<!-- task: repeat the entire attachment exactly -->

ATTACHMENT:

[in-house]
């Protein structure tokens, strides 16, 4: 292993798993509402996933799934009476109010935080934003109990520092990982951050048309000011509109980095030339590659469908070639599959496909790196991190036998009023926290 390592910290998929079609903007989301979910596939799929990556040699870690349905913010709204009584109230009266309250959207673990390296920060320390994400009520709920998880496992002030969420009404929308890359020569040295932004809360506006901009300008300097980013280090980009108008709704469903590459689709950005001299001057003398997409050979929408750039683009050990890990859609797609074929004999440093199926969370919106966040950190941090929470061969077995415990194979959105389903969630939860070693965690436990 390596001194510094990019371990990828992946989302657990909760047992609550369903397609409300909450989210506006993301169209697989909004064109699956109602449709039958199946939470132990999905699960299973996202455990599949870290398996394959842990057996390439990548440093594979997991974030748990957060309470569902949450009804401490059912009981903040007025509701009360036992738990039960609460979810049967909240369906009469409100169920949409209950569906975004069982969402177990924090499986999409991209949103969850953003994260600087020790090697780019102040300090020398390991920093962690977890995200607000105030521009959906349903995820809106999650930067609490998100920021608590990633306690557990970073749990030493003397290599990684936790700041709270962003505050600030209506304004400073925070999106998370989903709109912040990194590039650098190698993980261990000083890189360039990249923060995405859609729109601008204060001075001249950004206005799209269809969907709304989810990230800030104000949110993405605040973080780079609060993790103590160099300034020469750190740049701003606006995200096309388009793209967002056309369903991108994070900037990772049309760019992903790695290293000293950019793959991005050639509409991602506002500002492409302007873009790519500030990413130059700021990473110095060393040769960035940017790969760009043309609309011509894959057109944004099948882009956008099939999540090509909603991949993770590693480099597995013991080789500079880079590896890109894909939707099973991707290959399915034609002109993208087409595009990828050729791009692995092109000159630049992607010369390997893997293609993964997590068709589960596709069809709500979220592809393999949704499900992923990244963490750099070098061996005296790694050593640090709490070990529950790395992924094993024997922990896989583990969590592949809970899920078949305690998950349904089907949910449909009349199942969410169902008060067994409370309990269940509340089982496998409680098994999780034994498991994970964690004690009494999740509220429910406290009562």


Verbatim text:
[in-house]
């Protein structure tokens, strides 16, 4: 292993798993509402996933799934009476109010935080934003109990520092990982951050048309000011509109980095030339590659469908070639599959496909790196991190036998009023926290 390592910290998929079609903007989301979910596939799929990556040699870690349905913010709204009584109230009266309250959207673990390296920060320390994400009520709920998880496992002030969420009404929308890359020569040295932004809360506006901009300008300097980013280090980009108008709704469903590459689709950005001299001057003398997409050979929408750039683009050990890990859609797609074929004999440093199926969370919106966040950190941090929470061969077995415990194979959105389903969630939860070693965690436990 390596001194510094990019371990990828992946989302657990909760047992609550369903397609409300909450989210506006993301169209697989909004064109699956109602449709039958199946939470132990999905699960299973996202455990599949870290398996394959842990057996390439990548440093594979997991974030748990957060309470569902949450009804401490059912009981903040007025509701009360036992738990039960609460979810049967909240369906009469409100169920949409209950569906975004069982969402177990924090499986999409991209949103969850953003994260600087020790090697780019102040300090020398390991920093962690977890995200607000105030521009959906349903995820809106999650930067609490998100920021608590990633306690557990970073749990030493003397290599990684936790700041709270962003505050600030209506304004400073925070999106998370989903709109912040990194590039650098190698993980261990000083890189360039990249923060995405859609729109601008204060001075001249950004206005799209269809969907709304989810990230800030104000949110993405605040973080780079609060993790103590160099300034020469750190740049701003606006995200096309388009793209967002056309369903991108994070900037990772049309760019992903790695290293000293950019793959991005050639509409991602506002500002492409302007873009790519500030990413130059700021990473110095060393040769960035940017790969760009043309609309011509894959057109944004099948882009956008099939999540090509909603991949993770590693480099597995013991080789500079880079590896890109894909939707099973991707290959399915034609002109993208087409595009990828050729791009692995092109000159630049992607010369390997893997293609993964997590068709589960596709069809709500979220592809393999949704499900992923990244963490750099070098061996005296790694050593640090709490070990529950790395992924094993024997922990896989583990969590592949809970899920078949305690998950349904089907949910449909009349199942969410169902008060067994409370309990269940509340089982496998409680098994999780034994498991994970964690004690009494999740509220429910406290009562």